When watching baseball on television, we get the benefit of seeing whether a pitch entered the strike zone or not. Umpires go by eye, and intentional or not, they tend towards finishing a game over extra innings. Michael Lopez, Brian Mills, and Gus Wezerek for FiveThirtyEight:
The left panel shows the comparative rate of strike calls when, in the bottom of an inning in extras, the batting team is positioned to win — defined as having a runner on base in a tie game — relative to those rates in situations when there’s no runner on base in a tie game. When the home team has a baserunner, umps call more balls, thus setting up more favorable counts for home-team hitters, creating more trouble for the pitcher, and giving the home team more chances to end the game.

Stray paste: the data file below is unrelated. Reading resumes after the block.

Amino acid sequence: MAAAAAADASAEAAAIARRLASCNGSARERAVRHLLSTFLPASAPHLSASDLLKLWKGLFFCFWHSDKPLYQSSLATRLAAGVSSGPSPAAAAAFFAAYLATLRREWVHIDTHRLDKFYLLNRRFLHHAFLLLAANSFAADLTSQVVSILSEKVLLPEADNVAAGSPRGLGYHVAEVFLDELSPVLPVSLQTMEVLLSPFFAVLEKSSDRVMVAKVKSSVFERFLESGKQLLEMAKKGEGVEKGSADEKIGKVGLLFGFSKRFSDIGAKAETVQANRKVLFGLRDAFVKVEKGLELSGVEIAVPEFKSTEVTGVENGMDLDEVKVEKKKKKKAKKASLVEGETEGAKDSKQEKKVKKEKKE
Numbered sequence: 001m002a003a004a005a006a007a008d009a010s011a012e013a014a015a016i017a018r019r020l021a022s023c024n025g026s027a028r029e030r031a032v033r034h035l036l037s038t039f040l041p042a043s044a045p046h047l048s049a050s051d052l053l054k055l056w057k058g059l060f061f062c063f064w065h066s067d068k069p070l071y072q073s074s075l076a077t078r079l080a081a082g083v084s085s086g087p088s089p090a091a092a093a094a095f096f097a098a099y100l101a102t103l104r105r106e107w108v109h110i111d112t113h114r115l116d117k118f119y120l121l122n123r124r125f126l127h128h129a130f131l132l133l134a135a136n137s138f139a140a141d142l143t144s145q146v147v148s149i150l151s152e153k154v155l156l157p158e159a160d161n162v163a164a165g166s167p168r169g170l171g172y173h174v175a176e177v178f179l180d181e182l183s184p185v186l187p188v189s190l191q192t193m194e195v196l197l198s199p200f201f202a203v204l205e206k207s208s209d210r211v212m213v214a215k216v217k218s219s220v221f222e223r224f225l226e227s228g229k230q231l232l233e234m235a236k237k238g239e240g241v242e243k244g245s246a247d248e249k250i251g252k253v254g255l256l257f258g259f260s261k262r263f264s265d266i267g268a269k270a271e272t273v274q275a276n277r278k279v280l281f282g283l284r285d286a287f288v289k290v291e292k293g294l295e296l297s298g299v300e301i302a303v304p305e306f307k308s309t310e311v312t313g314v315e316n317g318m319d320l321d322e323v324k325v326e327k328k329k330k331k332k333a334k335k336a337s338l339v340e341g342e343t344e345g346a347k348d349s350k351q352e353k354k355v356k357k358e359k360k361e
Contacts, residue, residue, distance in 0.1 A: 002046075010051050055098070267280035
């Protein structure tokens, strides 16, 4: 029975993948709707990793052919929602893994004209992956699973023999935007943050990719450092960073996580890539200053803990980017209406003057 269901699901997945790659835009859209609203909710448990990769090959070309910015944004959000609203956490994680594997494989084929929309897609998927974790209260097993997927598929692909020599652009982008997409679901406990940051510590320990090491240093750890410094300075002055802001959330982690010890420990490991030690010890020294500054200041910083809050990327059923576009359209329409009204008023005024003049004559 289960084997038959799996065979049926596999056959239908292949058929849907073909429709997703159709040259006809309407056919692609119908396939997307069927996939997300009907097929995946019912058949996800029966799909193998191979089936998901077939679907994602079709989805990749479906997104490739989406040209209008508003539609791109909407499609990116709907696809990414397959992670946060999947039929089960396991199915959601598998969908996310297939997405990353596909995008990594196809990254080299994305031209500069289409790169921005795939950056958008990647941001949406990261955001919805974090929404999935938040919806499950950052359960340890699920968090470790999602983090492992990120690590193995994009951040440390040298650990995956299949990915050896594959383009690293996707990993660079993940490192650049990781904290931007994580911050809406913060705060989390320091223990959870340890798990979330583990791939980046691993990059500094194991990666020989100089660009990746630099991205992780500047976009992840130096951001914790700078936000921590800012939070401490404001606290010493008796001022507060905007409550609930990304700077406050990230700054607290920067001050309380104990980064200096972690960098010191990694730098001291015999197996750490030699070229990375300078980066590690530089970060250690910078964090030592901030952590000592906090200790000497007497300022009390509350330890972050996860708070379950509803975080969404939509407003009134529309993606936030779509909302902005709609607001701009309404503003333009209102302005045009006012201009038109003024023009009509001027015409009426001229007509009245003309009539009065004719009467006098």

I doubt the shift is on purpose, but it’s interesting to see the calls go that way regardless. Also, from a non baseball-viewer, why isn’t there any replay in baseball yet?